In American kitchens, sweet paprika is often limited to use as a decorative spice for livening up a bland-looking dish of deviled eggs or potato salad. In fact, sweet paprika has a flavor that is nearly as rich and savory as its culinary history. Cooks who appreciate this spice know that sweet paprika can improve many traditional dishes and deserves a front-row space in the spice cabinet.
Sweet paprika is a brownish-red, powdered spice made from grinding varieties of dried, sweet peppers. In Hungary, the birthplace of paprika, sweet paprika is one of six classes of this spice, according to the website Food Reference. The classes range from the very mild "Kulonleges" to hot and spicy "Eros." Sweet paprika is considered the "standard" of paprikas and is commonly sold in the spice aisle of almost every grocery store.
Food Reference reports that pepper plants first came to Hungary in the 17th century when ethnic groups fleeing the Turks brought peppers among their belongings. The dried and ground vegetable became such an important part of Hungarian cuisine and culture that two Hungarian towns, Kalosca and Szegad, once competed for the right to claim themselves the paprika capital of Hungary. Today, paprika is also prevalent in Spanish cuisine. Peppers for making paprika are grown in Spain and the U.S. as well as Hungary.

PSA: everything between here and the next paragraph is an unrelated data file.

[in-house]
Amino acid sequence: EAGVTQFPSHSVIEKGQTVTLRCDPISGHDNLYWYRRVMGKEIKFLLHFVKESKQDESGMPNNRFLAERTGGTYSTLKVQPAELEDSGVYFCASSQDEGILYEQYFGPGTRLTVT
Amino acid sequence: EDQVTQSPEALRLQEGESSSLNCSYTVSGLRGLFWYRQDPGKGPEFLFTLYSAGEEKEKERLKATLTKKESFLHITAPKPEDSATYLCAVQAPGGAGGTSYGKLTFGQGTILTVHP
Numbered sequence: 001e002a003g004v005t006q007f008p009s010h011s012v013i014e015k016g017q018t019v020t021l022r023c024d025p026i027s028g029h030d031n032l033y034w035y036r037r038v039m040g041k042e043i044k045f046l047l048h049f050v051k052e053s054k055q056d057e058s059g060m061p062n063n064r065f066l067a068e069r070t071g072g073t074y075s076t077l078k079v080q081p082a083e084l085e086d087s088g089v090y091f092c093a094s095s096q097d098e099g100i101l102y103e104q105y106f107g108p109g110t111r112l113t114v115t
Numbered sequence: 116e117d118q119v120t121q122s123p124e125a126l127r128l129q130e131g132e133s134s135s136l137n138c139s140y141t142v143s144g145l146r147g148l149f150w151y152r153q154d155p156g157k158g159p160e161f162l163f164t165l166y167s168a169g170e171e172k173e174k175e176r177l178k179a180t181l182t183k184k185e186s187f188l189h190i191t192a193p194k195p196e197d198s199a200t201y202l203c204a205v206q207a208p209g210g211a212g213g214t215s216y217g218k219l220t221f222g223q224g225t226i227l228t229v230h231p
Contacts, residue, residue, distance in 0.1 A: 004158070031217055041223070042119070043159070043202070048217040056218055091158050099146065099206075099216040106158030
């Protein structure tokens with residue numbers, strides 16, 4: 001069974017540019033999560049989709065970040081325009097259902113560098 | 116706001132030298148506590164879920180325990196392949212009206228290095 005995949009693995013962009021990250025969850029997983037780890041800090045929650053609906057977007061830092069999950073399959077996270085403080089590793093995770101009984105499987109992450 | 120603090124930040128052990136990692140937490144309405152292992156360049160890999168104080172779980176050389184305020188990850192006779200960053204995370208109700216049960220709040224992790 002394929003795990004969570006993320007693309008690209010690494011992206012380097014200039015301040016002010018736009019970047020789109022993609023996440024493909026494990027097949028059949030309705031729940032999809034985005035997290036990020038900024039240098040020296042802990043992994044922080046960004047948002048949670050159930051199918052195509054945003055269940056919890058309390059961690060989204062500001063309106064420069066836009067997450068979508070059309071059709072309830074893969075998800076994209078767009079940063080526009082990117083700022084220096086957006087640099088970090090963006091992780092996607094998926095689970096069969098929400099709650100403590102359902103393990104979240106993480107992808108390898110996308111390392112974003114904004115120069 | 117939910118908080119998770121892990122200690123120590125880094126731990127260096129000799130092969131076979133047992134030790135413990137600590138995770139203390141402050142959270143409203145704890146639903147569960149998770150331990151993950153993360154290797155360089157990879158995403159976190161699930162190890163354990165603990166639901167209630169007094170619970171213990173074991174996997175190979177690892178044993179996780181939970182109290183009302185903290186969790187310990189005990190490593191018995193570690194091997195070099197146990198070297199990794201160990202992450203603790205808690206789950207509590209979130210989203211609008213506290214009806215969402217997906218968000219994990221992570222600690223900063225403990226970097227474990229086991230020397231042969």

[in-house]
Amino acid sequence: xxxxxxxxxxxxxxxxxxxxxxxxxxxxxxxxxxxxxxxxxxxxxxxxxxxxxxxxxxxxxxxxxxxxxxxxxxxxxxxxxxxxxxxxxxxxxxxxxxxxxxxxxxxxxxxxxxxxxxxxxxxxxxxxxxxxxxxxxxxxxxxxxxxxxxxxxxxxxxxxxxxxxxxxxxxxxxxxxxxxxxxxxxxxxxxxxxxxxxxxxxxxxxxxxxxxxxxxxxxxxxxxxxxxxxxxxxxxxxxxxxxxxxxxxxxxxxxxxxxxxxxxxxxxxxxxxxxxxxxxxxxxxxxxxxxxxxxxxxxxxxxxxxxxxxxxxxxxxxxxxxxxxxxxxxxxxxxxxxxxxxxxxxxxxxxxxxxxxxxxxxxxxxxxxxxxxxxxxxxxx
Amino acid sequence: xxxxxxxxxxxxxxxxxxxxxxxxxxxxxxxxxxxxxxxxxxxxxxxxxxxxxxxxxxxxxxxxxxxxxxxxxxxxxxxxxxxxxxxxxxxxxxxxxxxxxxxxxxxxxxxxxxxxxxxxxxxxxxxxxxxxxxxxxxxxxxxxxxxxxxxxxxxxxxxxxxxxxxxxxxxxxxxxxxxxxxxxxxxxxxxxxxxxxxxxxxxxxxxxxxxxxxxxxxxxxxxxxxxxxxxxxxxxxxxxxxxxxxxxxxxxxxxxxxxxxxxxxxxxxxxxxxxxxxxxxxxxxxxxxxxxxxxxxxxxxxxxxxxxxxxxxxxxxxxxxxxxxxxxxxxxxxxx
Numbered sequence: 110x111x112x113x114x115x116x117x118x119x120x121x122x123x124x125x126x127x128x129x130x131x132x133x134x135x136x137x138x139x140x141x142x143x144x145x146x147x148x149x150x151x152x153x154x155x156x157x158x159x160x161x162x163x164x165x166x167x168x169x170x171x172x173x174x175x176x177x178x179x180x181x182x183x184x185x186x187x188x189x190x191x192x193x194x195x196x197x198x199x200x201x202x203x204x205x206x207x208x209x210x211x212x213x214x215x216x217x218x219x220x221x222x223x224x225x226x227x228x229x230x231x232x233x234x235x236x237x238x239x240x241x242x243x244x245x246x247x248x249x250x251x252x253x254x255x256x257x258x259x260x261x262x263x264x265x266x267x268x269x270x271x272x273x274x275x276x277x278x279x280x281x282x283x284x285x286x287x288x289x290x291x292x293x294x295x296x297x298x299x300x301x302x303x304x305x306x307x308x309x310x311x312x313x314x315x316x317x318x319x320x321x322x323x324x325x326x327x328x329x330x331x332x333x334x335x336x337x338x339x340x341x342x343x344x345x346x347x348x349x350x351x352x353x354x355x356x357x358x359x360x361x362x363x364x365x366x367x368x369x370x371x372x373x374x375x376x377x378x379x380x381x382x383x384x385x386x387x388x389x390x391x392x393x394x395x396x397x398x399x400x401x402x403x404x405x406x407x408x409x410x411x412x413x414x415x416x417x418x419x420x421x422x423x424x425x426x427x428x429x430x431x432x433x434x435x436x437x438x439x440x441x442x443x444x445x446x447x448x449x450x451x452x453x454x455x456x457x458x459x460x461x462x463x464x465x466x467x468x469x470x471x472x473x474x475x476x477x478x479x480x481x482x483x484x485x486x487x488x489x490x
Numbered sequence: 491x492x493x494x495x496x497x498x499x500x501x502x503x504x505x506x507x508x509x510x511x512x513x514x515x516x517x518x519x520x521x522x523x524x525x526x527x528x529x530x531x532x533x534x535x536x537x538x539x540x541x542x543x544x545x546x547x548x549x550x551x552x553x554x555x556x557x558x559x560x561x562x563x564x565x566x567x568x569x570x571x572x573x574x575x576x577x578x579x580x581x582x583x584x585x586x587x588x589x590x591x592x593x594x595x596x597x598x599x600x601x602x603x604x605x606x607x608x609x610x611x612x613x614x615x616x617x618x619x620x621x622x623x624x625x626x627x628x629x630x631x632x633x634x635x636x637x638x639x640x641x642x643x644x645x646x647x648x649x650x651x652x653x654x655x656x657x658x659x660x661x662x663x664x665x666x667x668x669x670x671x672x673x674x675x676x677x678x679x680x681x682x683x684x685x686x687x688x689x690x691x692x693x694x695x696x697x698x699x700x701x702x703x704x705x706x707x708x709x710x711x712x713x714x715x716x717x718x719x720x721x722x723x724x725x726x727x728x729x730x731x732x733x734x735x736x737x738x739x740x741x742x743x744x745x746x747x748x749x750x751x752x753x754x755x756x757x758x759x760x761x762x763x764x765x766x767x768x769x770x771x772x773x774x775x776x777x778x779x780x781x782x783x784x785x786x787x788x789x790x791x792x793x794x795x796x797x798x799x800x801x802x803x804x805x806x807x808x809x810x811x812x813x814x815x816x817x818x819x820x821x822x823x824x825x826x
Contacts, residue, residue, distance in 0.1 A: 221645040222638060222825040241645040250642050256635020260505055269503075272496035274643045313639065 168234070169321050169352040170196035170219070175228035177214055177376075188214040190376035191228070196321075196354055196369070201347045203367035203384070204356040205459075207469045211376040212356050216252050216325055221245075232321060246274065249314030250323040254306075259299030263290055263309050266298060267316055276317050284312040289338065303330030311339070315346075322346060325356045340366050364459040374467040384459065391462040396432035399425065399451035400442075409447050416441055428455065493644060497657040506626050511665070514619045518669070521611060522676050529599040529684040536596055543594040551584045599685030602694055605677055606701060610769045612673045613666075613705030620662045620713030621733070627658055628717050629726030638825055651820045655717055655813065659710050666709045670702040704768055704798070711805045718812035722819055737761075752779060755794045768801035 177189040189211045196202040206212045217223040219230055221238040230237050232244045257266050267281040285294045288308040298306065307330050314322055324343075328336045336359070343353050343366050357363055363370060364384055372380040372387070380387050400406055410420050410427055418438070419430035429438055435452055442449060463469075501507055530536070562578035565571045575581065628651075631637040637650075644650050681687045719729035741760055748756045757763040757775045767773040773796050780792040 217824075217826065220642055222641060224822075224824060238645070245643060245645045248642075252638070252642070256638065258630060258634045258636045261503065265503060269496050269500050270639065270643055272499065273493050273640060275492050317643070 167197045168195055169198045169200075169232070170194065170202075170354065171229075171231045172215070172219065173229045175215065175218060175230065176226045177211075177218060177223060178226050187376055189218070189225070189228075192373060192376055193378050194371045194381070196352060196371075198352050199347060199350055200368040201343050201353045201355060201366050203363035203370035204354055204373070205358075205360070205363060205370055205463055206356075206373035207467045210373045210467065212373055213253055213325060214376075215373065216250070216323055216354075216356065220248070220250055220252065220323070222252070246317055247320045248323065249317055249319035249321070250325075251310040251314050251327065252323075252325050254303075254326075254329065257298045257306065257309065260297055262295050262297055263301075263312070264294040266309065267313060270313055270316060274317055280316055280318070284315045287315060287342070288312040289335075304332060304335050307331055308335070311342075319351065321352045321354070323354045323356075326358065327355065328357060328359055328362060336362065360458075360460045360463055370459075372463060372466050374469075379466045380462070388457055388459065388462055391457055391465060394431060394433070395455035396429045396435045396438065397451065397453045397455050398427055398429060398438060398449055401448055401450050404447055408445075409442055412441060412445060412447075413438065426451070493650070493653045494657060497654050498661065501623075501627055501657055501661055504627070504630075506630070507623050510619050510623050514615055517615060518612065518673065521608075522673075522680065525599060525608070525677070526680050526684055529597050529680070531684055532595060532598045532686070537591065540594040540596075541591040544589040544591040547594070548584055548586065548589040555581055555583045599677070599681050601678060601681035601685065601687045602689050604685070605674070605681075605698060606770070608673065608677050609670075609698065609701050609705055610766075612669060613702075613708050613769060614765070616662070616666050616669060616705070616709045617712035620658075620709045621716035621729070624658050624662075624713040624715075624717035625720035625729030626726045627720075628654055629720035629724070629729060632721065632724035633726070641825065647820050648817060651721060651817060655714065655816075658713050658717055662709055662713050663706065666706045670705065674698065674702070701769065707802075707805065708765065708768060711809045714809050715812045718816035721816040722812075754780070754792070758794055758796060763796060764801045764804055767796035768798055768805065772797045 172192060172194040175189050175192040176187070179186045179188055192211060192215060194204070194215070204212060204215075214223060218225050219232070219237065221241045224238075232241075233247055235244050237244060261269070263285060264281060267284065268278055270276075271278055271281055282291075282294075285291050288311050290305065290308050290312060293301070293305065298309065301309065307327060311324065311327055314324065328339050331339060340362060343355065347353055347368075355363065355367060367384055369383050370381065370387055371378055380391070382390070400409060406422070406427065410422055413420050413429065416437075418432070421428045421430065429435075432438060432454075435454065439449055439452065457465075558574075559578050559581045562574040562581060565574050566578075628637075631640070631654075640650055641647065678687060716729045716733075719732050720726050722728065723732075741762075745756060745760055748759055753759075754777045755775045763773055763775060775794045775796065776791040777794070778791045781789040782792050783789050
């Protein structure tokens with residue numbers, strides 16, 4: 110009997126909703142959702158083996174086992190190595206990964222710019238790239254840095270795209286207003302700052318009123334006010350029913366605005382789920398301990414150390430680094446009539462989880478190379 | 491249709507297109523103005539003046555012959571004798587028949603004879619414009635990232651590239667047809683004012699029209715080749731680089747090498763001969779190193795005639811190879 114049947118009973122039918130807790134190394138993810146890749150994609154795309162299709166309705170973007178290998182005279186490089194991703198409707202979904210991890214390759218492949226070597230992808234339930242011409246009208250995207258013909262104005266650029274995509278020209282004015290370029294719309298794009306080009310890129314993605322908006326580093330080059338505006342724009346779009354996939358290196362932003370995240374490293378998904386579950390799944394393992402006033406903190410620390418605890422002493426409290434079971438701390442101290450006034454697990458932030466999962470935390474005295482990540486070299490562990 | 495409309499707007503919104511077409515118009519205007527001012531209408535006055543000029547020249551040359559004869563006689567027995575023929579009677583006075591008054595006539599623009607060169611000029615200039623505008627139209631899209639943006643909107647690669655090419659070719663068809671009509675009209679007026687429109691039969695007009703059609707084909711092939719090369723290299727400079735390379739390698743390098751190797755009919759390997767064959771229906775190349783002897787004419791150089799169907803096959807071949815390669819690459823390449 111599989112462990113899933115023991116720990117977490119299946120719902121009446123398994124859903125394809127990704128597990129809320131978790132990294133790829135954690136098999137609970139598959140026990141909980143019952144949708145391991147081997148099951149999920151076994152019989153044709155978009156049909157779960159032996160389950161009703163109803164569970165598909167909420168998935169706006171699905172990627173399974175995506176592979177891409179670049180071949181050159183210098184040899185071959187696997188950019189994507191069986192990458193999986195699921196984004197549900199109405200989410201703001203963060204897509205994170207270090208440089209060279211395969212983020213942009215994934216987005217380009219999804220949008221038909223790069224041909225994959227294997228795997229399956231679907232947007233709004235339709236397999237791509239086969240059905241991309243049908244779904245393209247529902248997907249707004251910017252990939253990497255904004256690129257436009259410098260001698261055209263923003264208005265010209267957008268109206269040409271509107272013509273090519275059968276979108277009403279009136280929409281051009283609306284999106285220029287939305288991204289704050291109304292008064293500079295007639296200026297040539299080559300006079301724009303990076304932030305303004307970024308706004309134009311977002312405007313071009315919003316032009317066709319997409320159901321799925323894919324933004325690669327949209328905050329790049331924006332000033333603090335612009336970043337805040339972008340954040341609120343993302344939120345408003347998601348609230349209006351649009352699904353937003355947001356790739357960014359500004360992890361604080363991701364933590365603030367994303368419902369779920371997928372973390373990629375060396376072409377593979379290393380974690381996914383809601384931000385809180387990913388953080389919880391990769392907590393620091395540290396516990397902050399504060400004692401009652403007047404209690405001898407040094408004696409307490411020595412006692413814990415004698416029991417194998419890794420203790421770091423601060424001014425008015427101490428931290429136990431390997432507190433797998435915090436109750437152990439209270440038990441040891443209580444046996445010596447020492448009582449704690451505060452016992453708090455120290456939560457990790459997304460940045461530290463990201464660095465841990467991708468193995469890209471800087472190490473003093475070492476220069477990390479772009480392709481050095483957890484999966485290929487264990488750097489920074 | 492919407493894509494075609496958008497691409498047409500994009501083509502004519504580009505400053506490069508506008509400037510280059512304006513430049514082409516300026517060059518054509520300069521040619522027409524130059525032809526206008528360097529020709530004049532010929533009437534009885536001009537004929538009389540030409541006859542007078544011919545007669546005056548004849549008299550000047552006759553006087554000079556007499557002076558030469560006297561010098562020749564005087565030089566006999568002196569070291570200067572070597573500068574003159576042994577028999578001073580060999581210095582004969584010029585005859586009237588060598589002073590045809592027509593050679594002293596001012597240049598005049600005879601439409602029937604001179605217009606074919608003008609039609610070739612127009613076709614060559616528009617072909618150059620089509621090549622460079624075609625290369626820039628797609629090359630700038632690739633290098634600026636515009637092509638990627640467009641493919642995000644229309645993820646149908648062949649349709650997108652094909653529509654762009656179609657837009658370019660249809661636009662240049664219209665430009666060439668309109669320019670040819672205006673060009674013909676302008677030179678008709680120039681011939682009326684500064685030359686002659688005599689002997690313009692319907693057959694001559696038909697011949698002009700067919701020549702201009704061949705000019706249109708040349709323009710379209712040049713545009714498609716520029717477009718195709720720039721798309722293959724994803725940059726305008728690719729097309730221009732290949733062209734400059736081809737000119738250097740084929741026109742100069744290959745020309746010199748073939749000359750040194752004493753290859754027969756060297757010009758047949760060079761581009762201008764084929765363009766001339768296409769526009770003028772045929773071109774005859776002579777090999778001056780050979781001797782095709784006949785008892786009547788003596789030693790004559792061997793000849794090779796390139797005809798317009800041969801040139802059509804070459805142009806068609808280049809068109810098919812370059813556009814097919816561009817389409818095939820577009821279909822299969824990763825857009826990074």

Historically, after harvesting, sweet paprika peppers were strung on a "chain" and allowed to dry naturally. The dried peppers were then crushed with a mortar and pestle until they were reduced to a fine powder. As popularity for the spice increased, wind and water mills were utilized to grind sweet paprika. Today, enormous grinding stones, steel cylinders and modern factories produce most of the sweet paprika purchased commercially.
Sweet paprika can be made in the home kitchen by purchasing dried or fresh sweet peppers. Fresh peppers need to be dried, either in a dehydrator or by sun-drying. The dried pods are stored in an airtight container and ground in a coffee grinder or food processor as needed.
Sweet paprika can be used in any savory dish where the mellow flavor of a sweet bell pepper might be welcome. It pairs well with beef, lamb, seafood, veal and chicken and with side dishes such as rice and potatoes. Recipes for goulash, stroganoff, paprikash and homemade sausage often feature sweet paprika. This spice also adds flavor to grilled meats and should be included in any savory rub mixture.